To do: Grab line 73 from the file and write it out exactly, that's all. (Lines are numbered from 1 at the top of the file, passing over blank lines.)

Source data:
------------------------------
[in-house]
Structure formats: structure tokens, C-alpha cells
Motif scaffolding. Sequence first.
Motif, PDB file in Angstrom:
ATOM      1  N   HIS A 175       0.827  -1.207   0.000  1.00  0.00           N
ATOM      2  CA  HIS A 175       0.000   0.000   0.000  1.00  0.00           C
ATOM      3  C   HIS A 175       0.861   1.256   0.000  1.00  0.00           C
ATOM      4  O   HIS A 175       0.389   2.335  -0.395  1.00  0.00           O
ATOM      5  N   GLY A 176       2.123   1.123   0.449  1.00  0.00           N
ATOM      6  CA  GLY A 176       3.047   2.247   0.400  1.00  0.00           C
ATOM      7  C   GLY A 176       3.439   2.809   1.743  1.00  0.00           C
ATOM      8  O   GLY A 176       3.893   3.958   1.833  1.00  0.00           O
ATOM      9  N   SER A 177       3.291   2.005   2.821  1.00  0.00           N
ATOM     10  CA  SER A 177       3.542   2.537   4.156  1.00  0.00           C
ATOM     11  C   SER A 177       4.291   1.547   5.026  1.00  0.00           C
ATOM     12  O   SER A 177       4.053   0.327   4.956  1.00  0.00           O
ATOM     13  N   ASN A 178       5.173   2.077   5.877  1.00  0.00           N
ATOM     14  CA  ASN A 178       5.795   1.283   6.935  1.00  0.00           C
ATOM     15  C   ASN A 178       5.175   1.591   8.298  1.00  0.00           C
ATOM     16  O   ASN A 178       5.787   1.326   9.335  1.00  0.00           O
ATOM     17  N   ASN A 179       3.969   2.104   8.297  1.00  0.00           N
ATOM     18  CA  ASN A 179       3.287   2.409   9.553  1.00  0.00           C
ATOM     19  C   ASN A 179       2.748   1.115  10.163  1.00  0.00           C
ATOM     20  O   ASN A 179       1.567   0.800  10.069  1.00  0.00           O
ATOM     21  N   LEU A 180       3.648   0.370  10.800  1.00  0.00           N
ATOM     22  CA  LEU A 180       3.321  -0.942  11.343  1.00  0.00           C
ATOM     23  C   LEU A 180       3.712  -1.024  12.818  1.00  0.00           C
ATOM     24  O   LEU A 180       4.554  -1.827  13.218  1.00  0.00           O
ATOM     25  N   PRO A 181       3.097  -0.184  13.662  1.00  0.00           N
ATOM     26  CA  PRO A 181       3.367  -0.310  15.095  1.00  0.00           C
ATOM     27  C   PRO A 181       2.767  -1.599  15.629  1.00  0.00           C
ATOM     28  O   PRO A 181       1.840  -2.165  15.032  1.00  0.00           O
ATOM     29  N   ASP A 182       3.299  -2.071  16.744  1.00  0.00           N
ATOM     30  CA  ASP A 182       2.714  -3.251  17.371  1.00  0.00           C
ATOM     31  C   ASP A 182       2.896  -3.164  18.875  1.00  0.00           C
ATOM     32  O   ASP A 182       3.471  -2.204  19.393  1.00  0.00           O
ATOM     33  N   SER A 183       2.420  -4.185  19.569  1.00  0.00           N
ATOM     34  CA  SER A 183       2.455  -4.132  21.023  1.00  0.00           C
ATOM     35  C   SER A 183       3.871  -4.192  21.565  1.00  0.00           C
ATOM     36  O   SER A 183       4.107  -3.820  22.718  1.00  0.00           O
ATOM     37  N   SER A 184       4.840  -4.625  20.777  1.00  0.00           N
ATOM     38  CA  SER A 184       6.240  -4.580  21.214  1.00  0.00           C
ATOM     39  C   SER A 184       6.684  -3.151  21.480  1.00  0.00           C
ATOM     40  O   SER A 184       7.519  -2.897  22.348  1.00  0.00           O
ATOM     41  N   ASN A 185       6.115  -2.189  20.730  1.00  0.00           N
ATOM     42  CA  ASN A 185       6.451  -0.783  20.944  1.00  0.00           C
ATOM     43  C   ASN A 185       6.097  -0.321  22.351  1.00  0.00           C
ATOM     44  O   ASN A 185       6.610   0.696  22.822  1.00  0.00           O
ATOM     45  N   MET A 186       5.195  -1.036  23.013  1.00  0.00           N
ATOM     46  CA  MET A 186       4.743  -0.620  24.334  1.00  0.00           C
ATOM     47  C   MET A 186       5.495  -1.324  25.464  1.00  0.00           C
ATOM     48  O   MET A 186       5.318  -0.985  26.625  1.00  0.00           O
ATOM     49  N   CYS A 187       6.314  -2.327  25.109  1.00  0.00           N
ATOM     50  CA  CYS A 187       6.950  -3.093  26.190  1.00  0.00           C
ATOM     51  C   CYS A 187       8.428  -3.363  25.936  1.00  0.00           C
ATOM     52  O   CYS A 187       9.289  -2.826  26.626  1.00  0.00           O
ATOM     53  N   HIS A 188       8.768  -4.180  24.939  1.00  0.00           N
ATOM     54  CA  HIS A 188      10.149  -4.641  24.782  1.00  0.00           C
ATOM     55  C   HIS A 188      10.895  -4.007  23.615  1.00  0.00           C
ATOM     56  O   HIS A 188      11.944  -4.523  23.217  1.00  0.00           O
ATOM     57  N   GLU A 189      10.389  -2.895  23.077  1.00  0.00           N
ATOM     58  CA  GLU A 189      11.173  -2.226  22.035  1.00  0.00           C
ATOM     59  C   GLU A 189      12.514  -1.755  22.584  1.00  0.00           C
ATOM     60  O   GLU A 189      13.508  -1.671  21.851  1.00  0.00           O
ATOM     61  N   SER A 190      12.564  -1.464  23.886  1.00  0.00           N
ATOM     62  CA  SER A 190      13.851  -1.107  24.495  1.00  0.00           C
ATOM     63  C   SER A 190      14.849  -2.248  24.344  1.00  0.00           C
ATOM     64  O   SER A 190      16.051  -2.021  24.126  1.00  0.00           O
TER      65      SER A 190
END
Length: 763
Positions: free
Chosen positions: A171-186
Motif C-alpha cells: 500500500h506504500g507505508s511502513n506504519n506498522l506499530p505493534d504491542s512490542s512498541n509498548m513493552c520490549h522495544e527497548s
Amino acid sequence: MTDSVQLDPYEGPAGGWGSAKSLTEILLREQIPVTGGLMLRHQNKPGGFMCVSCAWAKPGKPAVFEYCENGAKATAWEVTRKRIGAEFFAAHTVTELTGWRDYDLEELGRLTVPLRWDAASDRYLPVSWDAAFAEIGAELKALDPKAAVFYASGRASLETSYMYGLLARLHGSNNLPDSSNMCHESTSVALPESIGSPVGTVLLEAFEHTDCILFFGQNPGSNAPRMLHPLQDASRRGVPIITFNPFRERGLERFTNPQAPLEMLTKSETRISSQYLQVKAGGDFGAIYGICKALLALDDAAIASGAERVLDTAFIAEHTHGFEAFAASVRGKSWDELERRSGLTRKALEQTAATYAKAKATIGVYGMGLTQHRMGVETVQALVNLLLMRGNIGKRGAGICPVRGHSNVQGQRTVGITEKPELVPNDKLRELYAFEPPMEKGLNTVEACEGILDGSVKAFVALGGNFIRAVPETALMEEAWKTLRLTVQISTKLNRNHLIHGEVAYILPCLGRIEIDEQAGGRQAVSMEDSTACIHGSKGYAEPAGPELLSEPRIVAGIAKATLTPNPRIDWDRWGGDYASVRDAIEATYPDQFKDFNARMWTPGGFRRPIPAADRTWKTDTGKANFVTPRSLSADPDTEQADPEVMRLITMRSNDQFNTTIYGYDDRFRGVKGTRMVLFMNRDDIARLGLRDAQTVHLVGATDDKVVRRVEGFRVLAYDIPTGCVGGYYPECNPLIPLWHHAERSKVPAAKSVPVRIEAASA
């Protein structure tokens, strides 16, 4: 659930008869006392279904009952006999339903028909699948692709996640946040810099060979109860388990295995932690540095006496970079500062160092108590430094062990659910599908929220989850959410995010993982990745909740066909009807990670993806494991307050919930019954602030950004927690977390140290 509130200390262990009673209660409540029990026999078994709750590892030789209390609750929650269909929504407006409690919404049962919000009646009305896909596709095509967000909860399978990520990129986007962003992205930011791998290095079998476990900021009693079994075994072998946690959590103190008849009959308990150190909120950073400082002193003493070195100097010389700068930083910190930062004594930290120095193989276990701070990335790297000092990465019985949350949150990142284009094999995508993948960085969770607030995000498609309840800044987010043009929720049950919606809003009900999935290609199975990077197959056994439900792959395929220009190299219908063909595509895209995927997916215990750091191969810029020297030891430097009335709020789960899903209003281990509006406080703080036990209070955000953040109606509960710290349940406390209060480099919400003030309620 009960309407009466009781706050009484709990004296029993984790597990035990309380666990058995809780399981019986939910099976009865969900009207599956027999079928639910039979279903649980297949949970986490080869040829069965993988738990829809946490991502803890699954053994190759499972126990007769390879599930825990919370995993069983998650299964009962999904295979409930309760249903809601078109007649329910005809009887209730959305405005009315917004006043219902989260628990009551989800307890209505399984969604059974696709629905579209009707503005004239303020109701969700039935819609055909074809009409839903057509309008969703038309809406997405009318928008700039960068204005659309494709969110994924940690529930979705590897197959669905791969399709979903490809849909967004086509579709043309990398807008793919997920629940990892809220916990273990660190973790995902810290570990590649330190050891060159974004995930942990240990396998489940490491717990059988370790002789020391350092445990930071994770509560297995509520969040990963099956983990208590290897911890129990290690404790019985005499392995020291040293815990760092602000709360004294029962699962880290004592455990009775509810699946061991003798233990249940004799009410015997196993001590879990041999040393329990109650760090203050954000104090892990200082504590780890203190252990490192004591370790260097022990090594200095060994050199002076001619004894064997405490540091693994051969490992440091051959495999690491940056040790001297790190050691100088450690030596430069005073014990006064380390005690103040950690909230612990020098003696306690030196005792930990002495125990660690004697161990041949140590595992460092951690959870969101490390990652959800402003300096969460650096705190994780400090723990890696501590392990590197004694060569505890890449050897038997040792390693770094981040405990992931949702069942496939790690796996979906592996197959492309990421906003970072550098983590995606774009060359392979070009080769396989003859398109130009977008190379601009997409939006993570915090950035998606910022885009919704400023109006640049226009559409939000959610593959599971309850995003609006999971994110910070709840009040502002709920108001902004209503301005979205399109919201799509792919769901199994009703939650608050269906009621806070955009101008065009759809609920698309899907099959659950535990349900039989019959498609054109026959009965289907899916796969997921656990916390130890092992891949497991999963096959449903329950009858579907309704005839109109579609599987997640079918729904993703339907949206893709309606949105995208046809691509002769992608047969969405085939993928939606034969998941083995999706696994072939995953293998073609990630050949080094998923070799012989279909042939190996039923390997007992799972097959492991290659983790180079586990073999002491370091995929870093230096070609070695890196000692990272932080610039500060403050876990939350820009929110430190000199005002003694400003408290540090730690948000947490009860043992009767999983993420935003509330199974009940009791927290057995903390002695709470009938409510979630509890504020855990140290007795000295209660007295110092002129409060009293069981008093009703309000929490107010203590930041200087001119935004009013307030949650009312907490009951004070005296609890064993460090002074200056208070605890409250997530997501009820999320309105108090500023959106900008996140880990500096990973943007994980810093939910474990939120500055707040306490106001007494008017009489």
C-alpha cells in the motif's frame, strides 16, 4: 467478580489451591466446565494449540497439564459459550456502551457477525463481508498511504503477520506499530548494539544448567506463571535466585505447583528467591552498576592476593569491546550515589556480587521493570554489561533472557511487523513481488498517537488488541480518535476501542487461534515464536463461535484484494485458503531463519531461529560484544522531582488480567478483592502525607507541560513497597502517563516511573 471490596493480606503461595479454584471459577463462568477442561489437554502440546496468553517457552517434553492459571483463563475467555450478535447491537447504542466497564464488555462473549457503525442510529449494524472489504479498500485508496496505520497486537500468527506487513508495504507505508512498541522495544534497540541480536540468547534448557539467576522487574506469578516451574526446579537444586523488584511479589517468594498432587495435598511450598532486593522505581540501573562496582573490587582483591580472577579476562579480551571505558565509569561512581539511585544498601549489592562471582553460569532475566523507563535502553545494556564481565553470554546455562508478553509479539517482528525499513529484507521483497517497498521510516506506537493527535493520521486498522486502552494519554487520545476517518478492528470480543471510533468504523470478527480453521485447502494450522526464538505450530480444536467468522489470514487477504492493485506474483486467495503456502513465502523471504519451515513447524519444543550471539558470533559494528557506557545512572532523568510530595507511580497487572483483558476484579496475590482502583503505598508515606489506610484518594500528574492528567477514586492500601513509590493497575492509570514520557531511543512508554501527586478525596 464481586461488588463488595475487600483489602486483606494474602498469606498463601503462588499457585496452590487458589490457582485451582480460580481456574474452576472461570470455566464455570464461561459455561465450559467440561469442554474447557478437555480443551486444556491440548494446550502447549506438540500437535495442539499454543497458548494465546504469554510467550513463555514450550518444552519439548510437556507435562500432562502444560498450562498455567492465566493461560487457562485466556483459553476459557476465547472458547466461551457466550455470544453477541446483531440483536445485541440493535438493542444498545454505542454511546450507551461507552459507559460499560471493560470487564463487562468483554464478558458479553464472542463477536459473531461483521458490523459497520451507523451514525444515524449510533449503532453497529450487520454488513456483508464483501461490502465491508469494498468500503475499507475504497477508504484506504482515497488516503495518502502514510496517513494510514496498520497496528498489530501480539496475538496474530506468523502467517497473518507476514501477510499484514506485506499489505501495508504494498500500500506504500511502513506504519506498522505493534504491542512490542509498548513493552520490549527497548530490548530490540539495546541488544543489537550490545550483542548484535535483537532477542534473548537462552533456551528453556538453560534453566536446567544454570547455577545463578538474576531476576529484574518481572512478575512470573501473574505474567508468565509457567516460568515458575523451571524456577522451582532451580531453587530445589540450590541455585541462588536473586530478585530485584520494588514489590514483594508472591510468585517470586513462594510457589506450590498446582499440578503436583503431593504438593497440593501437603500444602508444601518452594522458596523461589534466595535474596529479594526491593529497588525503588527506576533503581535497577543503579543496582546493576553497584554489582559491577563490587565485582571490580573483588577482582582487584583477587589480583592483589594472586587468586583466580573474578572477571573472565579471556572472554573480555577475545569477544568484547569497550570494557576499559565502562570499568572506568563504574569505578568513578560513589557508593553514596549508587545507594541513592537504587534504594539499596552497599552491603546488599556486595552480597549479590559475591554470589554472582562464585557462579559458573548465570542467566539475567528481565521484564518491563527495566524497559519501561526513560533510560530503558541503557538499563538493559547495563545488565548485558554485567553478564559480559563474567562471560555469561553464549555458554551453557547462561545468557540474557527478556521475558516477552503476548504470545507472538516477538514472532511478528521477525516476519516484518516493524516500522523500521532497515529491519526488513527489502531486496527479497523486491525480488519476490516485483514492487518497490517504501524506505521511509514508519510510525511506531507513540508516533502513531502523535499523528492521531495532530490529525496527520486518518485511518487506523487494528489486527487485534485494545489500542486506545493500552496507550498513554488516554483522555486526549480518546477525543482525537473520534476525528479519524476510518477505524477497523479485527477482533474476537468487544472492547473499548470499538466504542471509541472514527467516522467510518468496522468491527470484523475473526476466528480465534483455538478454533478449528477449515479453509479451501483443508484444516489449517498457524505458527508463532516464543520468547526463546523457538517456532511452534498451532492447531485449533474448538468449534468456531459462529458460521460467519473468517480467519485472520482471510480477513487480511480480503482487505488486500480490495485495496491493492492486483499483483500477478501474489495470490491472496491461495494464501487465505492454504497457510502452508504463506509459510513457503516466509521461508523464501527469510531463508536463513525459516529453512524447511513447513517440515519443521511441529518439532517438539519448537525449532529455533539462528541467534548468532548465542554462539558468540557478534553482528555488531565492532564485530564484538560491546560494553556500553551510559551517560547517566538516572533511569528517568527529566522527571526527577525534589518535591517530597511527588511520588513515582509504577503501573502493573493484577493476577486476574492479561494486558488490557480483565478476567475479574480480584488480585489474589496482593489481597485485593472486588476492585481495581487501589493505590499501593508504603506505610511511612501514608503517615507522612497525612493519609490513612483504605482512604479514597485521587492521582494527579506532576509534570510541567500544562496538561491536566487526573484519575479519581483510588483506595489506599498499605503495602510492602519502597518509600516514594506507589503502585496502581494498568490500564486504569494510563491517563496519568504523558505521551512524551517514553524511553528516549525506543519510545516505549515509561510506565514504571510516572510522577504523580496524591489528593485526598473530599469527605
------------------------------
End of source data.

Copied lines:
Chosen positions: A171-186